Boston's Payroll Inching Upwards

[image title=”153036_brewers_cardinals_baseball” size=”full” id=”15410″ align=”center” alt=”Julio Lugo scores for the Cardinals while being paid by the destitute Red Sox” linkto=”full” ]
NoMaas did a post this morning about Boston’s “little engine that could” attitude and their 2010 payroll, which is slated to be about 170 million dollars. When I first saw that number, I thought that it was mistaken, and that it was simply the luxury tax number, which is based upon average annual value rather than actual salaries. However, Mike Axisa of RAB pointed me towards a Cot’s Contracts spreadsheet that puts Boston at about 166 million before pre-arb contracts are set, meaning they should finish at about 170M. They will almost certainly be paying the luxury tax, and will be forced to consider that when making moves during the season.

With the Yankees coming in at 212M at this point, that makes for a fairly sizable gap of 46 million dollars. However, the Red Sox have closed on the Yankees significantly this offseason, as the 2009 difference was 85 million (207 vs. 122). The Red Sox have attempted to paint themselves as the underdog for a while now, and a gap in payroll of 85 million allowed them to do so, despite the fact that they have been consistently among the most expensive teams in the sport. However, as they inch towards 200M themselves, it might be prudent for Larry Lucchino and John Henry to stop pushing the old poorhouse routine. To suggest that they need to “make the best of what they have,” as if they were a small market team that needed to make every dollar count, seems fairly ridiculous when they can afford to field a contender for 30 million more in salaries than the 2nd most expensive club in 2009 (the Mets, of course). The Red Sox are not an underdog. They are the second most expensive club in the sport, and it is time for them to stop the “little engine that could” charade.

0 thoughts on “Boston's Payroll Inching Upwards

  1. I do feel sory for them; I mean, how many other teams are paying eight figures worth of salary for guys to not play for their organization? Hell, if the Lowell deal went through, we are talking ~$20M.

  2. eddieperez23

    So let me get this straight the Red Sox up their payroll ~$45M to ~$170M and will have to “make the best of what they have”?! When Henry starts talking payroll perhaps he reverts and still thinks he owns the Marlins and not Bos. Here’s another quote from Henry/Lucchino:

    “…People tend to clump us together but there’s a wide gulf financially between the two teams, and that’s going to continue. … it’s exacerbated by the new park [creating] tremendous revenues.”

    …but this doesn’t make any sense. the Yankees payroll has gone down the last 2 years with the increased revenue of the new stadium (not up). But hey, I’m sure the Boston media and the owners won’t let the facts get in the way of a good story.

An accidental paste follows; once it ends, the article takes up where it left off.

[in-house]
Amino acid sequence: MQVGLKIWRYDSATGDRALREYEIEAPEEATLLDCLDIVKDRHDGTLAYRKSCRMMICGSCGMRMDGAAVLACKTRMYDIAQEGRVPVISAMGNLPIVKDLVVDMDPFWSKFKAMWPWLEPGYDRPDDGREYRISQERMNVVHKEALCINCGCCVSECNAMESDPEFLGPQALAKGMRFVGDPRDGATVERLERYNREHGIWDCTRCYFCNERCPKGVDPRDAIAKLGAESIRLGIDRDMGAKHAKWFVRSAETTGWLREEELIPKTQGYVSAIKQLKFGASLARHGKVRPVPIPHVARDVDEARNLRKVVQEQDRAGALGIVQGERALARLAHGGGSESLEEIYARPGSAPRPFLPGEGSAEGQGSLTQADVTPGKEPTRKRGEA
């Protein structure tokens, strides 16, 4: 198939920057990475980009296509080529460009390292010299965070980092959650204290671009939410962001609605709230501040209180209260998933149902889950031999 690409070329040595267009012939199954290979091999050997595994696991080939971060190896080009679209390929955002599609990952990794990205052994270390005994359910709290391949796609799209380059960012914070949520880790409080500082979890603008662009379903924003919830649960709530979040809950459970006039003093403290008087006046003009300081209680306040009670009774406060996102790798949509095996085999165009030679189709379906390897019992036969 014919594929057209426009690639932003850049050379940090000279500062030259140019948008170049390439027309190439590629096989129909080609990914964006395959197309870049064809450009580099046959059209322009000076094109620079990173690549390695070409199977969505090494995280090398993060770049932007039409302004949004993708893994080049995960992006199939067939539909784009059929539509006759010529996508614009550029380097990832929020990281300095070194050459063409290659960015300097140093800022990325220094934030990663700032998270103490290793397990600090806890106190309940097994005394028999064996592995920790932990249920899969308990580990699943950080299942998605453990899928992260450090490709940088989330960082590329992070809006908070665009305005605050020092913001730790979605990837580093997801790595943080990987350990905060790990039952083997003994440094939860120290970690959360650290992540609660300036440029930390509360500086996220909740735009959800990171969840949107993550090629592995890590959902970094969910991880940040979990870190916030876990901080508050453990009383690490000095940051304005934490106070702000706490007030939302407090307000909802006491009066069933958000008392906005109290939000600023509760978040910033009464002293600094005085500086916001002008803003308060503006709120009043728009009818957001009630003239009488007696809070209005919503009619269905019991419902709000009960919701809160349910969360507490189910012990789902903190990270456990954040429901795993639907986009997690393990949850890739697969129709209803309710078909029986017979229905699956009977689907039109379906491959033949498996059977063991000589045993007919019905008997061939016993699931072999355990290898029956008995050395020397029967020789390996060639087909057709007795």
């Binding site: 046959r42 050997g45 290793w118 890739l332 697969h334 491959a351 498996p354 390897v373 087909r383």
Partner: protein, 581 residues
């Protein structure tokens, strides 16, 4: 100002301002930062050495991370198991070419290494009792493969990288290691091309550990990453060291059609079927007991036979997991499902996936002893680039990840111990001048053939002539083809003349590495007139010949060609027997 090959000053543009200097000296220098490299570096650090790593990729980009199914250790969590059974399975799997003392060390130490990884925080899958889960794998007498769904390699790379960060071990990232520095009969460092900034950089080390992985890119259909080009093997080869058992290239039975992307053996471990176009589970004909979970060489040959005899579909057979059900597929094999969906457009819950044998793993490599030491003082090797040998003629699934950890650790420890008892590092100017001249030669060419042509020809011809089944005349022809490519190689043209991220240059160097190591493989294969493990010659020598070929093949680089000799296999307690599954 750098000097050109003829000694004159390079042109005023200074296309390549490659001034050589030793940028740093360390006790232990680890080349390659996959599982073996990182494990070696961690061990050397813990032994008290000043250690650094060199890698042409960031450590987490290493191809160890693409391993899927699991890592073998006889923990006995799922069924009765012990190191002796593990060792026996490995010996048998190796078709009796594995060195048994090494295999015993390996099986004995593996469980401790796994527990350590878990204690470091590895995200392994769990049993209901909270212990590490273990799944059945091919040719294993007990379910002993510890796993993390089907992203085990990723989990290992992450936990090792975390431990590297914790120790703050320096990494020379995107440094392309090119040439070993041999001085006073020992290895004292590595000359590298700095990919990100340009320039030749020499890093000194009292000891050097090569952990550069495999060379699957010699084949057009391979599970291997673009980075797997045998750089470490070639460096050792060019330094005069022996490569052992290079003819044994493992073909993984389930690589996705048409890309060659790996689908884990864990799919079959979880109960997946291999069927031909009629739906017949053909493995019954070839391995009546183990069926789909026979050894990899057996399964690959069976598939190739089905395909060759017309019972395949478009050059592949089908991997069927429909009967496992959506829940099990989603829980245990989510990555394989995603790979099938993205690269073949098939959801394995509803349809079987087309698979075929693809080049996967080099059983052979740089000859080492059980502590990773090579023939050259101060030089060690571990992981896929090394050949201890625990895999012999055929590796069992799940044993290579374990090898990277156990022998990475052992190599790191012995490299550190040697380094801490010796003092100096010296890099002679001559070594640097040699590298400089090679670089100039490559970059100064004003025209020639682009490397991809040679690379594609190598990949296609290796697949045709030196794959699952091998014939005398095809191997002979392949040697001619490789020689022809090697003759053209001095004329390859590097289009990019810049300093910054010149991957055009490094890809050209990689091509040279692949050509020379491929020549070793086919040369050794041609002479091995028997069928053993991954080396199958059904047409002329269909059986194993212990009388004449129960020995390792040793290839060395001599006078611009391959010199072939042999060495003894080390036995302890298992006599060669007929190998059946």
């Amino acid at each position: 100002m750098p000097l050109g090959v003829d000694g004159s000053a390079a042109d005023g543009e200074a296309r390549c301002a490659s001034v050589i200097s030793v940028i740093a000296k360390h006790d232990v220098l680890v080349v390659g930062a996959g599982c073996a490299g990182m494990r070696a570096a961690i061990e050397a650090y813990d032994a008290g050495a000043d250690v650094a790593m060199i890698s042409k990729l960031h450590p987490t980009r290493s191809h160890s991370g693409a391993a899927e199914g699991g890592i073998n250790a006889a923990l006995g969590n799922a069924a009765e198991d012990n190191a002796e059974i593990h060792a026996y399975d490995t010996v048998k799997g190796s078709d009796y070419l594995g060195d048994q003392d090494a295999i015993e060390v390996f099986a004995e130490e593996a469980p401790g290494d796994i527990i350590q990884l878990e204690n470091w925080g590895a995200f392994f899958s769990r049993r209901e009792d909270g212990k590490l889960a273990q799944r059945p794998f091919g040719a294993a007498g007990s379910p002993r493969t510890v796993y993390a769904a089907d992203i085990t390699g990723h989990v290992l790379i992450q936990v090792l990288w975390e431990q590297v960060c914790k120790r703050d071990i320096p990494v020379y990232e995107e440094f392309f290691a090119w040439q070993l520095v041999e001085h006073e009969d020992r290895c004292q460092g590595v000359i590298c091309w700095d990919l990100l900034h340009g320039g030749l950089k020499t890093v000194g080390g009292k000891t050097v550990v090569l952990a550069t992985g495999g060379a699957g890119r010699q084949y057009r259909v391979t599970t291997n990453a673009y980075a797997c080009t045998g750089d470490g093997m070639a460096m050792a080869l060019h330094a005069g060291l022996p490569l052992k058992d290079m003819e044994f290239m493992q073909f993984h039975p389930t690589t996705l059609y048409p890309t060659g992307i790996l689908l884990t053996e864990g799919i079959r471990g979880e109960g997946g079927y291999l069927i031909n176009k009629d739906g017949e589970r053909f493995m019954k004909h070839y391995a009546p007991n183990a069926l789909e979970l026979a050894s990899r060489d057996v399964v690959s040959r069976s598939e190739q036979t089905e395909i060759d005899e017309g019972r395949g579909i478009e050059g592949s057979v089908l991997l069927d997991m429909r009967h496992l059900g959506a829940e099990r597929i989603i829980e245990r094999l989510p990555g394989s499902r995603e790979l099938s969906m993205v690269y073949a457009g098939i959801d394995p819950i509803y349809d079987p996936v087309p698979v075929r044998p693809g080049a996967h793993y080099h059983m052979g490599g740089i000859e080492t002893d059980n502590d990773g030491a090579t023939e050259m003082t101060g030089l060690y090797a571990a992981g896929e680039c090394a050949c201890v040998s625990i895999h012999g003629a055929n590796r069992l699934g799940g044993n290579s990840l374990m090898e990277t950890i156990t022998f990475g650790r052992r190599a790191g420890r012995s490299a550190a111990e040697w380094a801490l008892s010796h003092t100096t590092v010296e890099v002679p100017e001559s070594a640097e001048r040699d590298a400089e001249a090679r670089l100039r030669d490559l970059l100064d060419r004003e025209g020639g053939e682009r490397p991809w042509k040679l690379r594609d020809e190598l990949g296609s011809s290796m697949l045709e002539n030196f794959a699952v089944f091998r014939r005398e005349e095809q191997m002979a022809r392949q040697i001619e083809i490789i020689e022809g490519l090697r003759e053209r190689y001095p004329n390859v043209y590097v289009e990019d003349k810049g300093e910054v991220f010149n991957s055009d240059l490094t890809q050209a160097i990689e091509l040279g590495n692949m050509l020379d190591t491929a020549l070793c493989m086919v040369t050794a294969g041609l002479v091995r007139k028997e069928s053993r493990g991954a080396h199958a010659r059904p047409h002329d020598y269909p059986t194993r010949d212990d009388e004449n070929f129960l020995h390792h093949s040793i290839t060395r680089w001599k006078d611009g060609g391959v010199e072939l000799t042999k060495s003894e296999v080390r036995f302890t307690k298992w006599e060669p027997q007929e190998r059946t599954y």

3. Steve S.

    I prefer to just calculate the 25 man roster, since that’s the talent you’re playing with. I understand that for luxury tax purposes it’s different, but when fans/other owners complain about how much the Yanks spend, they generally refer to the on-field talent.

    The most bogus claim people make is “the Yanks can eat their mistakes, other’s can’t.” Really? The Red Sox got the Brewers to pick up 7 mil+ on Bill Hall, the Indians got the Red Sox to pick up most of Lugo’s salary and the Sox offered to pay Texas most of Lowell’s 2010 salary.

  4. Tim Haveron Jones

    It has always seemed to me that arguments that compare the payrolls of different teams are somewhat spurious, because they fail to take into account the fact that certain clubs, armed with greater resources, likely pay above market value for their players. Now, I don’t deny that this enables those fortunate clubs to have their pick of the talent on the market, but it simply doesn’t follow that a team with a payroll of $200m has twice the amount of talent as a team with a $100 payroll. Put another way, if all of the players on the Yankees’ current roster had signed for other teams instead, I think it’s highly unlikely that their combined salaries would today be anywhere near $212m.

    Let’s say I am a very rich person who decides to buy apartments in my favourite 40 cities in the world. Because I am world-famous, sellers end up charging me over the odds for the places I buy, but I don’t care – because I am rolling in cash, and I just want to buy the 40 places that I like best, regardless of cost. I end up spending $212m on the portfolio, even though the value of the cribs I buy (in a free market not skewed by the fact that I am participating in it) is only (say) $150m.

    Are my properties inherently better than other comparable apartments in the cities I have chosen? And if I sold them again tomorrow, would I get my $212m back? No way!

    We’ve seen this in action with the Johnny Damon situation this year. If the Yankees had been in on JD, his eventual contract (whether with NYY, Detroit or whoever else) would have been pushed higher than the deal he in fact ended up with. Likewise, if NYY had not needed a first baseman last offseason, there’s no way that Mark Teixeira would currently be sitting one year through a $180m deal.